Wednesday, 6 May 2020

'Multimodal academic argument in data visualization' in 'Data Visualization in Society' from @AmsterdamUPress #Academicbooks #OpenAccess

Written for design educators and social semiotic researchers who are interested in infographic design and multimodal argument.

Associate Professor Arlene Archer and I wrote 'Exploring academic argument in information graphics', which was recently published in the book, Data visualization in society. Our chapter proposes a framework for analysing and producing argument in data visualisation. This framework is applied in the chapter for investigating two second-year journalism students’ semiotic and rhetorical strategies in making arguments via data visualisation posters. We then discuss the broader implications in Higher Education for teaching students to become critical citizens via infographic poster production and analysis.

Figure 1. Data Visualization in Society book cover, Amsterdam University Press, 2020.

The chapter drew on my fieldwork as a lecturer in the multimedia production course (FAM2017S) teaching infographic poster design to journalism students at the Centre for Film and Media Studies, UCT. I liaised with Professor Marion Walton and Dr Martha Evans in preparing a five-week course for teaching infographic poster production in 2017. Students learnt to explore educational inequalities between two suburbs in Cape Town using's aggregated data and to visualise their findings via infographic poster design. Arlene kindly volunteered as a guest reviewer of students' poster design progress. As novice designers, students' data visualisation arguments produced some interesting inconsistencies and disjunctures that helped inspire this chapter. Its analysis was also informed by a review of students' final posters and accompanying rationales. 

In response to these concerns, Arlene proposed the framework for analysing and producing argument in data visualisation. Its components are illustrated in Table 1 below.
Table 1. A framework for analysing and producing argument in data visualisation. Archer, A. and Noakes, T. 2020.

This framework was applied in an investigation of how two infographic posters drew on semiotic and rhetorical strategies for realising argument: The semiotic strategies included their use of colour, typography and graphics, while the rhetorical strategies include establishing credibility and the use of citation. The effect that the underlying basis for comparison of data had on their contrasting arguments was examined, plus students' linked selection and processing of aggregated data. We also investigated the semiotic encoding of ideational material and the ways relationships were established within the discourse communities constructed via the data visualisations. The investigation highlights the complex entanglement of aspects of data visualisation. These include varied design processes, the underlying discourses and ideological work of data visualisations, as well as their pleasures and aesthetics. We concluded by arguing that this way of looking at academic argument has important implications for teaching these text-types in higher education in order to produce critical citizens.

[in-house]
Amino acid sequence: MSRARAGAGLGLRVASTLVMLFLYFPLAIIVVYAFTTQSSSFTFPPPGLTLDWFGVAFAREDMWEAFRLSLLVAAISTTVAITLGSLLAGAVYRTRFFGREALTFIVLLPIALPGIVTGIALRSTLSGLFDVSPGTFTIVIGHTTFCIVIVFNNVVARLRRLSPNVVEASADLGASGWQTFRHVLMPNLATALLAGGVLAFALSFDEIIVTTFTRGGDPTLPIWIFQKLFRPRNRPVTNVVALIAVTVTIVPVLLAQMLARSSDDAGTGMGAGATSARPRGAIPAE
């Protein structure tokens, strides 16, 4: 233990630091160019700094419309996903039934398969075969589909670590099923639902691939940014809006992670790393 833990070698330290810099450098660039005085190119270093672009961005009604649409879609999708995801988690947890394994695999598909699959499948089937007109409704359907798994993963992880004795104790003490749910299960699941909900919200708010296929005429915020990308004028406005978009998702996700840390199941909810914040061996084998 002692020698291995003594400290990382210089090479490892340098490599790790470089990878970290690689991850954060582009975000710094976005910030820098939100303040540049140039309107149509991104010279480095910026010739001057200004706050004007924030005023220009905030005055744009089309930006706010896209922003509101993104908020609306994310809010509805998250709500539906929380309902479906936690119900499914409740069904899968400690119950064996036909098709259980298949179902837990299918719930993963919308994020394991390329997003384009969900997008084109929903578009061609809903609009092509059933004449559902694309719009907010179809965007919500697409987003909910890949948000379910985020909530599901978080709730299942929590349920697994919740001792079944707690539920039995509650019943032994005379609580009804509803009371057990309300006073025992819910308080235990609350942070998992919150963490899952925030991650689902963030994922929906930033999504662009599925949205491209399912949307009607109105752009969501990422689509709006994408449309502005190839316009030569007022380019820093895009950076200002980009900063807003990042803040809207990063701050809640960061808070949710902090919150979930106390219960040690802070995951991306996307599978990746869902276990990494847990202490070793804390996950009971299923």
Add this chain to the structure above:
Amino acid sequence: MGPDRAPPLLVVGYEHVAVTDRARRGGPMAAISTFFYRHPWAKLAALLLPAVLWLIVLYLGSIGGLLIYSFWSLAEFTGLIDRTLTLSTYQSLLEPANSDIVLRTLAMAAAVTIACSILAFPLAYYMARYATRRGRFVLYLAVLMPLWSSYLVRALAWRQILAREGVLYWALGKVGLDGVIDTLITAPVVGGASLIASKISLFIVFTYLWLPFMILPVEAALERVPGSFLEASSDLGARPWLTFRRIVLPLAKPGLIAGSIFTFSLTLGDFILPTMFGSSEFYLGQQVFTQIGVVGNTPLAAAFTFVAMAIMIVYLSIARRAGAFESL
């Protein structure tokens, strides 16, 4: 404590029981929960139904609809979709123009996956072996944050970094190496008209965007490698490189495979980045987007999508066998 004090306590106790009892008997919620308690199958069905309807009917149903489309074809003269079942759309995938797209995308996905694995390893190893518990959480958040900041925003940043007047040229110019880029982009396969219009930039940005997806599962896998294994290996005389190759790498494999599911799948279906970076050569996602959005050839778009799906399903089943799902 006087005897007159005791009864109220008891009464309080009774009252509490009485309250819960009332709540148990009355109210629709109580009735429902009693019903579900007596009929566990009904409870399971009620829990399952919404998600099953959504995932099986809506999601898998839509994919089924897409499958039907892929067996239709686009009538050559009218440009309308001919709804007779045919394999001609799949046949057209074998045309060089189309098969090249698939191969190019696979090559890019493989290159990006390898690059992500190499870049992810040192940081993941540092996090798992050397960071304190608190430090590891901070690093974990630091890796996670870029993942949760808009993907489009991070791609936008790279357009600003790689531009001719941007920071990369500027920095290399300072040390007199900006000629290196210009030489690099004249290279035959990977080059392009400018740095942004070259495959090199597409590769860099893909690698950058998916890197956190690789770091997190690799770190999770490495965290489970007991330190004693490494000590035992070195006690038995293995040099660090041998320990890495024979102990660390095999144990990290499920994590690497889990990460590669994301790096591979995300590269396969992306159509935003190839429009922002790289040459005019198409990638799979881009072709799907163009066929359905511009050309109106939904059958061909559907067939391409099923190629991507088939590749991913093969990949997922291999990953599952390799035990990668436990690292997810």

We are very grateful to the book's editors, Professors Helen Kennedy and Martin Engebretsen, for their feedback and help in refining the chapter. 

In 2018, I retaught infographic poster design to a new group of second years and adjusted the course to allocate more for considering argument and included this framework and the article's cases for students' consideration. Both interventions helped students to improve the critical arguments in their posters. Arlene and I are writing about these changes in a draft manuscript, Creativity within constraints. How journalism students use semiotic resources for argument in data visualisation.

There are three ways you can view Data Visualization in Society digitally:
1. Its e-book page is at
2. Its Open Access version is at
3. You can download it as an Adobe Acrobat pdf book via

Or to purchase it in hardcopy, you can order through your local bookseller, via Amsterdam University Press for Europe/Rest of the World, or via Baker & Taylor Publisher Services for North America.

I hope that you will find our chapter informative and welcome any feedback in the comments below.

Monday, 15 July 2019

Reflections after 'Young black women curate visual arts e-portfolios': a South African cultural hierarchy versus local practices...

Written for media studies researchers and educators interested in the challenges that young people in Cape Town face when formally expressing identities as visual arts students.